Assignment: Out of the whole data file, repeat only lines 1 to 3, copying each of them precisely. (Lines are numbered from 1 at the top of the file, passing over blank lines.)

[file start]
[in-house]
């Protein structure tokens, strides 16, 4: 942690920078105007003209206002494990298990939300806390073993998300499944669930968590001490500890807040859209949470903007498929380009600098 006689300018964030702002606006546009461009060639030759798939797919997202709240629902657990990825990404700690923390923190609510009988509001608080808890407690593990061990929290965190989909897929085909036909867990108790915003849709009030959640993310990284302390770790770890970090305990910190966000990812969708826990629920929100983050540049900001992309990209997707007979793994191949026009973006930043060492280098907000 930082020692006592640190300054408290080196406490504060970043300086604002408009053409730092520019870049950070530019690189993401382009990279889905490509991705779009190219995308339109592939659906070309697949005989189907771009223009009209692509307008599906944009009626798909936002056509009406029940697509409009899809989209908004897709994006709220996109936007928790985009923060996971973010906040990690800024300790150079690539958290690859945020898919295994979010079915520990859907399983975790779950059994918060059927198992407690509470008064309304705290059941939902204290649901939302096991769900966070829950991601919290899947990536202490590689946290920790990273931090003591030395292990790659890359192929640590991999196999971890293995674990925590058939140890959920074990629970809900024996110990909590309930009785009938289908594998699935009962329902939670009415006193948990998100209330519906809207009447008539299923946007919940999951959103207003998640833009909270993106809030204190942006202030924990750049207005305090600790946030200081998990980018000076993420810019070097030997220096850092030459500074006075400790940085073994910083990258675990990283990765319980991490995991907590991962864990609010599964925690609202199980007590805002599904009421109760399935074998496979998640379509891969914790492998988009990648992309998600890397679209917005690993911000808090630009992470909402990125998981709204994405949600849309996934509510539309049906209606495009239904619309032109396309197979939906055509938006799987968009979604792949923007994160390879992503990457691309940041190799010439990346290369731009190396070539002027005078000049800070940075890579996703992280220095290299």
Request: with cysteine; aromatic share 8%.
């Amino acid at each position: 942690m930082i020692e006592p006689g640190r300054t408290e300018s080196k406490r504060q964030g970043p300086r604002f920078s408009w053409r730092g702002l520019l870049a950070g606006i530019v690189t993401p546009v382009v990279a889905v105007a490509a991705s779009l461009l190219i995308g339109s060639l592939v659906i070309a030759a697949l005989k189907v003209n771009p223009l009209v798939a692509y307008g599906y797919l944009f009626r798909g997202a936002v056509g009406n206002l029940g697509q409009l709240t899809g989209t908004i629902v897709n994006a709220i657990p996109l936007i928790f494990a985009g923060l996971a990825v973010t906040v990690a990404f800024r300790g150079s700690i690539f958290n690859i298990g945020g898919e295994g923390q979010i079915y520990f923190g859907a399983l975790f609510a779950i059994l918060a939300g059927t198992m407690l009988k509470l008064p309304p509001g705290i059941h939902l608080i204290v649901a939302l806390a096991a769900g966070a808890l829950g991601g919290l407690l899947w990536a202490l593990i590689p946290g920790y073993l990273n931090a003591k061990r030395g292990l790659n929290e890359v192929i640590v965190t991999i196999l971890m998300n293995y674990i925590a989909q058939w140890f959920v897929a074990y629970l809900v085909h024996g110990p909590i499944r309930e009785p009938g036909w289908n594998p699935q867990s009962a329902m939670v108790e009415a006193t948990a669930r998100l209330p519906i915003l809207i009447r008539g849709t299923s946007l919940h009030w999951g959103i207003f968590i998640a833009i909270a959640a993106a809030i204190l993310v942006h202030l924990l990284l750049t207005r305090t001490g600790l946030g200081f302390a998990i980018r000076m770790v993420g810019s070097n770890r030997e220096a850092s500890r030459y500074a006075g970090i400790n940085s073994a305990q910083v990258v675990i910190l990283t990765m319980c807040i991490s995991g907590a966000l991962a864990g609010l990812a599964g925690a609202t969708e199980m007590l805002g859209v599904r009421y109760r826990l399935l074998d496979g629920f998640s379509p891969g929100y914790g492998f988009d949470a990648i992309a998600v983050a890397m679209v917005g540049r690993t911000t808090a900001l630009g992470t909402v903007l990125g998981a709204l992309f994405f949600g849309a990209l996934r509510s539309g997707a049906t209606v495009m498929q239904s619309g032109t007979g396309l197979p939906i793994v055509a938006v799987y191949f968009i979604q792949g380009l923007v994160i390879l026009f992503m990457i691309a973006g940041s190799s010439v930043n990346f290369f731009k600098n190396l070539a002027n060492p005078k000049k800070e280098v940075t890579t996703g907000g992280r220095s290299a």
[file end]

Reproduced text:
[in-house]
């Protein structure tokens, strides 16, 4: 942690920078105007003209206002494990298990939300806390073993998300499944669930968590001490500890807040859209949470903007498929380009600098 006689300018964030702002606006546009461009060639030759798939797919997202709240629902657990990825990404700690923390923190609510009988509001608080808890407690593990061990929290965190989909897929085909036909867990108790915003849709009030959640993310990284302390770790770890970090305990910190966000990812969708826990629920929100983050540049900001992309990209997707007979793994191949026009973006930043060492280098907000 930082020692006592640190300054408290080196406490504060970043300086604002408009053409730092520019870049950070530019690189993401382009990279889905490509991705779009190219995308339109592939659906070309697949005989189907771009223009009209692509307008599906944009009626798909936002056509009406029940697509409009899809989209908004897709994006709220996109936007928790985009923060996971973010906040990690800024300790150079690539958290690859945020898919295994979010079915520990859907399983975790779950059994918060059927198992407690509470008064309304705290059941939902204290649901939302096991769900966070829950991601919290899947990536202490590689946290920790990273931090003591030395292990790659890359192929640590991999196999971890293995674990925590058939140890959920074990629970809900024996110990909590309930009785009938289908594998699935009962329902939670009415006193948990998100209330519906809207009447008539299923946007919940999951959103207003998640833009909270993106809030204190942006202030924990750049207005305090600790946030200081998990980018000076993420810019070097030997220096850092030459500074006075400790940085073994910083990258675990990283990765319980991490995991907590991962864990609010599964925690609202199980007590805002599904009421109760399935074998496979998640379509891969914790492998988009990648992309998600890397679209917005690993911000808090630009992470909402990125998981709204994405949600849309996934509510539309049906209606495009239904619309032109396309197979939906055509938006799987968009979604792949923007994160390879992503990457691309940041190799010439990346290369731009190396070539002027005078000049800070940075890579996703992280220095290299």
Request: with cysteine; aromatic share 8%.